The morning fog on our way to the Sahara viewing site.
The string of buses turned off the highway and trekked up a slight incline to a plateau. There was a tent city set up with vendors with all kinds of goods along with dozens of port-a-potties. We each grabbed a chair and a table for our group of 9 and picked a spot from among the several acres where people were spreading out. We were in the company of thousands but literally in the middle of nowhere. The horizon was clear in all directions. No sand dunes here. Nothing but the flat, pebbly, hard packed soil as far as the eye could see.
This was a big event for Libya. Seldom had so many foreigners been allowed to enter the country. A news crew with a camera on a cherry picker documented the throng. Libyan Boy Scouts entertained with dances and songs. Merchants hawked their wares as the passengers filled the booths.
We set up our gear and then walked around inspecting other setups. To say that there was an interesting juxtaposition of raw nature and high tech telescopes and cameras is an understatement. But all that faded into the background with first contact. The sky was totally devoid of clouds. Only the sun and the silhouetted moon existed. As the moon advanced across the sun, the color of the sky became as rich and varied as I have ever seen it. As the moon’s shadow raced across the ground from the southwest and engulfed our temporary town, the rich colors of dusk washed over the entire horizon. Beautiful yellows and oranges and reds no matter where you turned. And the crowd roared its approval and cheered encouragement for the moon to cover the last bit of the photosphere. For a few, precious seconds a clear, crisp diamond ring adorned the sky. More cheers went up as the last bit was covered.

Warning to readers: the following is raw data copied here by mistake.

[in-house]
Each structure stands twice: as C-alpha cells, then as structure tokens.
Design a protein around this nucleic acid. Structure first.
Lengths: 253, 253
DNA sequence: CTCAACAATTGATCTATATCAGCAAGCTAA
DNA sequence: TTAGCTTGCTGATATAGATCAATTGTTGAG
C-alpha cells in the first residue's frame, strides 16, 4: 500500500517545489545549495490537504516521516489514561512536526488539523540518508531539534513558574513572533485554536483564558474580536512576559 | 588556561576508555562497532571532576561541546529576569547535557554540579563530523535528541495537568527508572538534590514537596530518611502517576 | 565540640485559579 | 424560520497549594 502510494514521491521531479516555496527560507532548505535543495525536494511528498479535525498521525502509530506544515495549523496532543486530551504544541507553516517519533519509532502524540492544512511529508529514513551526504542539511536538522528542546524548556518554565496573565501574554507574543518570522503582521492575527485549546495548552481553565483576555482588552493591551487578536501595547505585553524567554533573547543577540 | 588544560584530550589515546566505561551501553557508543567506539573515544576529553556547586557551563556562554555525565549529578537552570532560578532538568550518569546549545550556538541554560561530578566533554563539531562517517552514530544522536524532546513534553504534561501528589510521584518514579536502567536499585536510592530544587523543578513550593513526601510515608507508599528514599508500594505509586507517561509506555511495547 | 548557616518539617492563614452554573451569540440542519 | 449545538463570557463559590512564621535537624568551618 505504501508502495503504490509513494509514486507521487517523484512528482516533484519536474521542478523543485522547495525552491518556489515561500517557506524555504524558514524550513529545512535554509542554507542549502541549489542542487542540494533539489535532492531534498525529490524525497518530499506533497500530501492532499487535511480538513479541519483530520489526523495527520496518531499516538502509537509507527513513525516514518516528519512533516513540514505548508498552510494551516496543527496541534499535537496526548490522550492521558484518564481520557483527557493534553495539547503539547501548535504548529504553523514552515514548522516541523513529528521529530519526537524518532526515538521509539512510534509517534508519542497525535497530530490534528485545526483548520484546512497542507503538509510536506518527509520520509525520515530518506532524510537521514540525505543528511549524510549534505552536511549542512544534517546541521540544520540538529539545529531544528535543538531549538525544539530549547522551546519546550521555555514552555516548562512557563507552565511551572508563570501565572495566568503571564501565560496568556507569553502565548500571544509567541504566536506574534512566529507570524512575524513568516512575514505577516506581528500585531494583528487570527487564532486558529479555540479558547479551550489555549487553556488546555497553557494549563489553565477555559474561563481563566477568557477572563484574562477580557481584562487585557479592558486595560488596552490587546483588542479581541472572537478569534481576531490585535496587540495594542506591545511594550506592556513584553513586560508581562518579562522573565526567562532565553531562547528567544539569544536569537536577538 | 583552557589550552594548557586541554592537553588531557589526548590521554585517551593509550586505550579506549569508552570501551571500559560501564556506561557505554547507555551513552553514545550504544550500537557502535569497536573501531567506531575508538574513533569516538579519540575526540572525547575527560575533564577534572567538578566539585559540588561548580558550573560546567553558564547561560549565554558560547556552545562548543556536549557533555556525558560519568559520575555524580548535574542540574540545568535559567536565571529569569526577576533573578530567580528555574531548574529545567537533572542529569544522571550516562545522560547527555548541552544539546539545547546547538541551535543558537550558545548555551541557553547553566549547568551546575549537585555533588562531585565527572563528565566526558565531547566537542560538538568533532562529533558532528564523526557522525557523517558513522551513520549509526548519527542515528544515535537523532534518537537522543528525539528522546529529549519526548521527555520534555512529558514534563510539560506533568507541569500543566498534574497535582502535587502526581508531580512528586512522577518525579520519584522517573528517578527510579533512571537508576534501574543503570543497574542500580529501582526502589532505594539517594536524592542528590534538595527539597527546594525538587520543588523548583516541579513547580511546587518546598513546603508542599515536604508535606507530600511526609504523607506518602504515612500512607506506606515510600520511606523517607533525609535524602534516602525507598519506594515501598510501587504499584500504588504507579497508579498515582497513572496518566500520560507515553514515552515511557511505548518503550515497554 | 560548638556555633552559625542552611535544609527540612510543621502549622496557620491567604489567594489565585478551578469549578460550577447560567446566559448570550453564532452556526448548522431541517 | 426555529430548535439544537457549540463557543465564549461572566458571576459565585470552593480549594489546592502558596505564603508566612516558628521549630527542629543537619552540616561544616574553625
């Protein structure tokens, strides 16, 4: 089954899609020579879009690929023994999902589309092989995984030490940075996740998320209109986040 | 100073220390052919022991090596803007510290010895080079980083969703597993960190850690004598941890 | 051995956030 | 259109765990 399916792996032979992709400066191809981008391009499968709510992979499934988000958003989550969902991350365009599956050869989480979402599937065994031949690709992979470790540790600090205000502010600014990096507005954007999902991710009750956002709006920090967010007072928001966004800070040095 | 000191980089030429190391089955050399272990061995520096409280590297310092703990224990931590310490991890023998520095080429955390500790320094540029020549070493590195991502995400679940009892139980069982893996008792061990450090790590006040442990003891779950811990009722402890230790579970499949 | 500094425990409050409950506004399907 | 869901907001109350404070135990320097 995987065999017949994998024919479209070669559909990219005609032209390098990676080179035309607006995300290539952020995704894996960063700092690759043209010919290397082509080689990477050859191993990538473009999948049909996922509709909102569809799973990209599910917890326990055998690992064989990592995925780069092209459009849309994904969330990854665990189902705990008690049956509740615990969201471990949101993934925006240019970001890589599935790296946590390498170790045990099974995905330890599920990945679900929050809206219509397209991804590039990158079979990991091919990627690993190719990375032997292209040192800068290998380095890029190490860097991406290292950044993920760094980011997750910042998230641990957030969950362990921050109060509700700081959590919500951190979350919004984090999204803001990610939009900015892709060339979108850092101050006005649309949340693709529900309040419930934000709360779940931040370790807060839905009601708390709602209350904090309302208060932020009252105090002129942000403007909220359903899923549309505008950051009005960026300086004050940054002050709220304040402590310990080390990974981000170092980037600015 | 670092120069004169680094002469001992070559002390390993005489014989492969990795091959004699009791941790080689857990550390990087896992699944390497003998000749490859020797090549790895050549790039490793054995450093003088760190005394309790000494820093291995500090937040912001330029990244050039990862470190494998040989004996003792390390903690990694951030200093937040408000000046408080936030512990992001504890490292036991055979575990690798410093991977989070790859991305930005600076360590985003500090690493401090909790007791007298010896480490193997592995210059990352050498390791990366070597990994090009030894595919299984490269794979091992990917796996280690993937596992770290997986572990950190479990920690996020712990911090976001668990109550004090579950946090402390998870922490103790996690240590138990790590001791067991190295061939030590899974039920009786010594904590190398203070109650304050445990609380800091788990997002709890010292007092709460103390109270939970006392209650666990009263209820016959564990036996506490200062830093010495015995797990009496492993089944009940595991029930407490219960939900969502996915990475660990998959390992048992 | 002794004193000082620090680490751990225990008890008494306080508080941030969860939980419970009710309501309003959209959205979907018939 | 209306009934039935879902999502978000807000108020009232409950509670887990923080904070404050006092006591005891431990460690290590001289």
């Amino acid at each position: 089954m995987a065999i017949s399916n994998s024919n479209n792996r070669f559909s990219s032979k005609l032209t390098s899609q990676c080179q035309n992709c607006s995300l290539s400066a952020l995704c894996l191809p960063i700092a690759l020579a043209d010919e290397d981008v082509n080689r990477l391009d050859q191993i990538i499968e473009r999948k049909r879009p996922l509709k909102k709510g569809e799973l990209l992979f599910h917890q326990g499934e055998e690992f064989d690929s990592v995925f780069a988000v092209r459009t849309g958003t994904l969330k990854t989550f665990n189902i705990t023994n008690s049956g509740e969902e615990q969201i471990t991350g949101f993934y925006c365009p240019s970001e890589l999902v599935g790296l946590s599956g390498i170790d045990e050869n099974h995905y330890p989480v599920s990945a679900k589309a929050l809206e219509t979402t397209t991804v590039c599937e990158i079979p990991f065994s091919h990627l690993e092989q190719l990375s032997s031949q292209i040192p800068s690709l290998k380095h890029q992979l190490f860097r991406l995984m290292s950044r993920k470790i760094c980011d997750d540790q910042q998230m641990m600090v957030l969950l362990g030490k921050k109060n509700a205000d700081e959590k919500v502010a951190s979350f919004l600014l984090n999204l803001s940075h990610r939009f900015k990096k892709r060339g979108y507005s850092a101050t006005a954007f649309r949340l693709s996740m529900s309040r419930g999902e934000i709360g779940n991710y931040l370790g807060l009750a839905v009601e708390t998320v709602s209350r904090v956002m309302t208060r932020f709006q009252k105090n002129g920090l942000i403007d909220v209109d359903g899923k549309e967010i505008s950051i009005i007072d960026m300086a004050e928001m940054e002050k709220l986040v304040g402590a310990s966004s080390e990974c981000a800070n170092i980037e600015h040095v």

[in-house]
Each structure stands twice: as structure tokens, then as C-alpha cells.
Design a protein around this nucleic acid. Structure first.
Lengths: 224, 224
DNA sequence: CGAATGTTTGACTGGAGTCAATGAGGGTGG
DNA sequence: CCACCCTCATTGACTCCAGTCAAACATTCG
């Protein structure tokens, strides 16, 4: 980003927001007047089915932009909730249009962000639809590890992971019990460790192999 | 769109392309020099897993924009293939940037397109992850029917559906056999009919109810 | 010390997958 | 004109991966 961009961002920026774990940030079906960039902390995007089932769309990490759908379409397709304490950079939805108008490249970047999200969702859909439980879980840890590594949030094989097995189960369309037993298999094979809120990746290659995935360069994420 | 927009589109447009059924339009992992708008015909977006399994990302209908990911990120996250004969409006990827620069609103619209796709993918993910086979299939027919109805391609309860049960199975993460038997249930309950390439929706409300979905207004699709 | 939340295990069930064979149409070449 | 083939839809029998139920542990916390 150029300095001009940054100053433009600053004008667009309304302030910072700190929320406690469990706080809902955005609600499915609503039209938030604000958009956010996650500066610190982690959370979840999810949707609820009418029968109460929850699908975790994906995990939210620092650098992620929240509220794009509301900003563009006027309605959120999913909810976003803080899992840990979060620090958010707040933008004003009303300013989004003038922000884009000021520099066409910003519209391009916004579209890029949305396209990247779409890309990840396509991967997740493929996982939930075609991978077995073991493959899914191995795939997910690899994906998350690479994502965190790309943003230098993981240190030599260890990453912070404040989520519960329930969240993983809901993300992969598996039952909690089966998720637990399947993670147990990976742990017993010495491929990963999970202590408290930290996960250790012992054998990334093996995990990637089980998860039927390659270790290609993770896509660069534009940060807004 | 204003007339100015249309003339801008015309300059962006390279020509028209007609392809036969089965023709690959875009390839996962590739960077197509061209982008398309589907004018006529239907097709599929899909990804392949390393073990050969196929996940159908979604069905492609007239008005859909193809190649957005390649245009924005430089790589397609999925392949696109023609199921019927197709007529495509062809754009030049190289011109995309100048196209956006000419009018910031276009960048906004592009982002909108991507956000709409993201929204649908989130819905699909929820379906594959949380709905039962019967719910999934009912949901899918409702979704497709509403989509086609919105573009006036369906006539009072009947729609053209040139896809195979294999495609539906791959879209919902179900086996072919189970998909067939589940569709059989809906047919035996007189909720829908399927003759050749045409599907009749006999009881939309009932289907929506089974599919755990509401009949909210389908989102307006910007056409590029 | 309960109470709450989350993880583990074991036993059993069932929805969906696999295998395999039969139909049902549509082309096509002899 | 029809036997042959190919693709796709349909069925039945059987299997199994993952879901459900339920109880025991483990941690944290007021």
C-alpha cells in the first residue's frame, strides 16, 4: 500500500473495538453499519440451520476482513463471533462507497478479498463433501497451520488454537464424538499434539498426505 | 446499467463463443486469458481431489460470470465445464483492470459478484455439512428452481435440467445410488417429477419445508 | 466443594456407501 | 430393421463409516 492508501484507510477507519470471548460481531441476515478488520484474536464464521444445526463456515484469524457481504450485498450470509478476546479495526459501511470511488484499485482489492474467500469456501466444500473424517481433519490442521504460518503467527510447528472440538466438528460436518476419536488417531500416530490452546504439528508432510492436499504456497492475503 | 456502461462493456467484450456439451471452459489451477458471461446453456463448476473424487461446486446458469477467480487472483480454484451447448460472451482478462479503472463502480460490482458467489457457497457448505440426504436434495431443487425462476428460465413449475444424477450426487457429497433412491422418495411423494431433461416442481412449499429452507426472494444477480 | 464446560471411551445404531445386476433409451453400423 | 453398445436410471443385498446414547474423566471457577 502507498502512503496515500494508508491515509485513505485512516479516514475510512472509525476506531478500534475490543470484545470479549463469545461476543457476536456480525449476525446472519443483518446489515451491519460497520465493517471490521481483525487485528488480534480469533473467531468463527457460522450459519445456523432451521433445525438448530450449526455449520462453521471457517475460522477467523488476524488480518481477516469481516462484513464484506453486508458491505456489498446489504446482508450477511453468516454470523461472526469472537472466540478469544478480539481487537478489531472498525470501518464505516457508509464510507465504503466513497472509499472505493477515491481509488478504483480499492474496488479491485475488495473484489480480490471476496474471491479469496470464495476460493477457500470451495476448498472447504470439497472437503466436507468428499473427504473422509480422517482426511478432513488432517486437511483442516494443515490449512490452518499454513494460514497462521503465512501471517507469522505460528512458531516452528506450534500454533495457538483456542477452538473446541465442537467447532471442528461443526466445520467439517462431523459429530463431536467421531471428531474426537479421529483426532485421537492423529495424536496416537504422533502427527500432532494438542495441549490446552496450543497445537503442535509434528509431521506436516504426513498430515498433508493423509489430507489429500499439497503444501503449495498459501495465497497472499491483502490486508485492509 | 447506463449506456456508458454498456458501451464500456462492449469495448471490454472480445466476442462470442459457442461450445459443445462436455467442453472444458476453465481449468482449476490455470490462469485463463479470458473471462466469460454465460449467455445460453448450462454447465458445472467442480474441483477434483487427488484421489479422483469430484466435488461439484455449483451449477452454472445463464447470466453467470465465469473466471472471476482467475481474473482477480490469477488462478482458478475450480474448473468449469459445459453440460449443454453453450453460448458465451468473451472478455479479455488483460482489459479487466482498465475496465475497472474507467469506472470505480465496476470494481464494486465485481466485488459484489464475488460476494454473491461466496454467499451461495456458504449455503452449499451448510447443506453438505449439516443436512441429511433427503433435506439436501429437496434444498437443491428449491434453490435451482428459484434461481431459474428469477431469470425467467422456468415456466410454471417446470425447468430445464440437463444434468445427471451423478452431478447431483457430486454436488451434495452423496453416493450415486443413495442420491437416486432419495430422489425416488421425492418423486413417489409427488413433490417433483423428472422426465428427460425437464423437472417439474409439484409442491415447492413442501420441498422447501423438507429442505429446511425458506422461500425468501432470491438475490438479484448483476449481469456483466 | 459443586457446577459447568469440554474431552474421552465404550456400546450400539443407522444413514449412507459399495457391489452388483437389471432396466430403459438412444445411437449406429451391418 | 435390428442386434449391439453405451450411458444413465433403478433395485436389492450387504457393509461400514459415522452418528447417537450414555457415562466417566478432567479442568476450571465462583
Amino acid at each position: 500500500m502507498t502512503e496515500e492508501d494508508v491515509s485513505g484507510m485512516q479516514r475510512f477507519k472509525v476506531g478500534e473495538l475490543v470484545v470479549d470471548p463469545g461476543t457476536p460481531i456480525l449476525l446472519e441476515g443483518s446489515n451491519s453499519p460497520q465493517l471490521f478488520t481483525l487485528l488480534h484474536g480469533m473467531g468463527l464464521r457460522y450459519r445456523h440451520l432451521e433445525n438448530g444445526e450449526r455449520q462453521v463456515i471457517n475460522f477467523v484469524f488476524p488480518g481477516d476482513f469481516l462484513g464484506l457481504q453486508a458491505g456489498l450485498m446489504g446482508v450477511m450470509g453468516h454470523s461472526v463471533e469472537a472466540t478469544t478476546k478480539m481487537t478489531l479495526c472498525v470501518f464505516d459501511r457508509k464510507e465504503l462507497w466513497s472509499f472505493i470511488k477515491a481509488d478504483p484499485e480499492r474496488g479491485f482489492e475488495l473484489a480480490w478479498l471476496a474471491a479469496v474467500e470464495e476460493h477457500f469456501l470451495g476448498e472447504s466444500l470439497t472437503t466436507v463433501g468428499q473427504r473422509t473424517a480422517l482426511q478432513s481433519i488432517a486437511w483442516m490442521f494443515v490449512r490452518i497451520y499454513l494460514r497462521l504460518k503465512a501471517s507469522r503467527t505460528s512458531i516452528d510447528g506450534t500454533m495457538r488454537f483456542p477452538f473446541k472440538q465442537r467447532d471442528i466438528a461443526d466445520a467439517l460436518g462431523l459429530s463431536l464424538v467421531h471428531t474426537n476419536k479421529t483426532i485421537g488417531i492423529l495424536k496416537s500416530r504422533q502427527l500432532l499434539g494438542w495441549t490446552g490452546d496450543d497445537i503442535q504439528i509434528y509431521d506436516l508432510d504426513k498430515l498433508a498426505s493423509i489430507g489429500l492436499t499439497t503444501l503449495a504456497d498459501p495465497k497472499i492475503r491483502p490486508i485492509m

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The eclipsed sun in this photo is from another photo taken that day.
And then there was the corona. That awesome black circle, hole in the sky, surrounded by gorgeous streamers of pearly light. Some of those extended three, four and more solar diameters away from the black hole! Man, what an amazing sight. jaw-dropping, mind-blowing, breath-taking sight. Nearby, the planets and bright stars appeared. In the middle of the day! There were no animals or birds to go to roost, but a hush fell over the spectators of this grandest of celestial events. Cameras snapped and videos rolled as time seemed to stand still and we soaked up the rare ambiance of this syzygy. This was a moment worth savoring. But time moves on and while this eclipse lasted for 4 minutes, all too soon, with the crowd roaring its encouragement, the moon began the lengthy reveal of the sun and allowed its return to its normal, dazzling self.
As the moon receded from the sun, a box lunch was provided by the cruise line staff. Munching on a sandwich and fruit the reality of viewing the eclipse from such a grand but desolate location began to sink in. It was doubtful that these circumstances would ever be repeated, so if I have said it before I will say it again, this was a once in a lifetime experience.
(Excerpt from Go See The Eclipse And Take A Kid With You by Chap Percival.)